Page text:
For as much as we’d all like to believe that the “games are art” conversation is an outdated debate, it still pops up from time to time when someone decides to try to be inflammatory. In 2005, many gamers genuinely believed that the recently released Shadow of the Colossus would end that debate forever.
Shadow of the Colossus combined advanced technical techniques, a unique artistic vision, and interwoven narrative concepts to create a game that stopped people in their tracks for reasons that we hadn’t quite seen before. Yes, the game was a pure looker, but the ways that Shadow of the Colossus used those stunning raw visuals to bring a complete artistic vision to life opened up a new avenue for discussing the true power of video game graphics. Even notorious “games are art” critic Roger Ebert was forced to concede that it was pretty impressive.
“Can it run Crysis?” may be one of the most effective and appropriate memes in the history of gaming. Then again, it’s also not really the joke it is sometimes presented as. To this day, some gamers still use Crysis to test the capabilities of their new gaming PCs.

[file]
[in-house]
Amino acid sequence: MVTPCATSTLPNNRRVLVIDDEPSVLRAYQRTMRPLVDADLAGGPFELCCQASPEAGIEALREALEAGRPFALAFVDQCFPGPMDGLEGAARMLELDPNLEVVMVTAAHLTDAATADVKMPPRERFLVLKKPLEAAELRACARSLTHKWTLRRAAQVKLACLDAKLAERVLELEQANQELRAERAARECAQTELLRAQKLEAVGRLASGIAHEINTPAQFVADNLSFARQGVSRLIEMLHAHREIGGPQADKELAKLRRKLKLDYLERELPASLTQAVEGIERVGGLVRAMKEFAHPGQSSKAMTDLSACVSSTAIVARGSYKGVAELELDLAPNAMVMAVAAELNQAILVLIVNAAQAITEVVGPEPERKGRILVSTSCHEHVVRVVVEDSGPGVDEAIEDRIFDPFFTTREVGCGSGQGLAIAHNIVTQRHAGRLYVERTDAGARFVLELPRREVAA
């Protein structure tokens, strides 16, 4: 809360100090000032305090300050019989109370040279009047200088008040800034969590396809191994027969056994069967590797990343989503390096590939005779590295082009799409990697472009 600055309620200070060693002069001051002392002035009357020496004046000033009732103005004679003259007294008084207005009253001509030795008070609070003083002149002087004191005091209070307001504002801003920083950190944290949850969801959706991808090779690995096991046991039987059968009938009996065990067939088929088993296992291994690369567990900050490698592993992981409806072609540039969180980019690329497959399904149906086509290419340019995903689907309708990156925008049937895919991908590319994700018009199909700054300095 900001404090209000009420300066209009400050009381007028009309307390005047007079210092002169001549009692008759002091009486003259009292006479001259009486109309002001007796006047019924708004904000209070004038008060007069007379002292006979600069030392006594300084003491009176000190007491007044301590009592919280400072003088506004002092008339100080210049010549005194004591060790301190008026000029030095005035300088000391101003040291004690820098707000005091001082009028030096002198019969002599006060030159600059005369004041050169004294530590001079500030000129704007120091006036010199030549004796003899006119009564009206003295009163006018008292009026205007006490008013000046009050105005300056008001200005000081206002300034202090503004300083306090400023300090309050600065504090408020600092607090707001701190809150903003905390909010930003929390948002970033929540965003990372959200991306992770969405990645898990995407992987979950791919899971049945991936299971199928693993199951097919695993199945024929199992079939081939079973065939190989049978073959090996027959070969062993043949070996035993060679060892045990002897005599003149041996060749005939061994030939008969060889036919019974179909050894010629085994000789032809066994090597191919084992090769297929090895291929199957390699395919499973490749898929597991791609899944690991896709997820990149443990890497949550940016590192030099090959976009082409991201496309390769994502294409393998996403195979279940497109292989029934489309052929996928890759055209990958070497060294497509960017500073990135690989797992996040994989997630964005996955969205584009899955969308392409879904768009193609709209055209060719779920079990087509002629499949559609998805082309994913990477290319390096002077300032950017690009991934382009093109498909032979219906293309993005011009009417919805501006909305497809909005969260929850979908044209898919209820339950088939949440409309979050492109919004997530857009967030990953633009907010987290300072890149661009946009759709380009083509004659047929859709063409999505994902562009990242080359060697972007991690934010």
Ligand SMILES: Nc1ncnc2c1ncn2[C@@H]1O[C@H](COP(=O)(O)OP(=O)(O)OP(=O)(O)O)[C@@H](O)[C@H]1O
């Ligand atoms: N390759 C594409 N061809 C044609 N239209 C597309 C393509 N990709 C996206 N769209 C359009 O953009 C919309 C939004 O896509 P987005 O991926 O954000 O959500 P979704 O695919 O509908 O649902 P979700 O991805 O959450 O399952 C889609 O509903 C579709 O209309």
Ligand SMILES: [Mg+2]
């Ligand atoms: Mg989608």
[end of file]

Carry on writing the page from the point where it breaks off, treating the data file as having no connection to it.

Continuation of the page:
At the time of its release, Crysis’ lighting, environmental details, and draw distance capabilities were so advanced that even the highest-end gaming PCs available at the time could struggle to convey its full potential. For that matter, future Crysis games had to dial back on some of this title’s more advanced features to ensure more PC gamers could play them. Some of the best-looking modern games can be traced back to Crysis in terms of both the specific techniques they use and how Crysis changed what many believe great modern gaming graphics should look like.
Infinity Blade (2010)
In their earliest days, mobile phone games were widely considered to be little more than novelties designed to occasionally kill time. Even more advanced mobile titles usually came and went without much notice. While many suspected the iPhone would help change that dynamic, it certainly didn’t do so right away. Years after the iPhone’s debut, Apple was still looking for that mainstream killer app game that would showcase the full potential of their hardware and the mobile medium
They found it in Epic Games and Chair Entertainment’s Infinity Blade. By utilizing a modified version of Unreal Engine 3, Infinity Blade’s developers were able to produce a game that looked nearly as good as some of the major console titles available at that time. While Infinity Blade was criticized for its relatively simple gameplay (a running theme among many of these titles), its impact was immediate and considerable. Infinity Blade helped usher in the era of mobile devices being viewed as primary gaming platforms.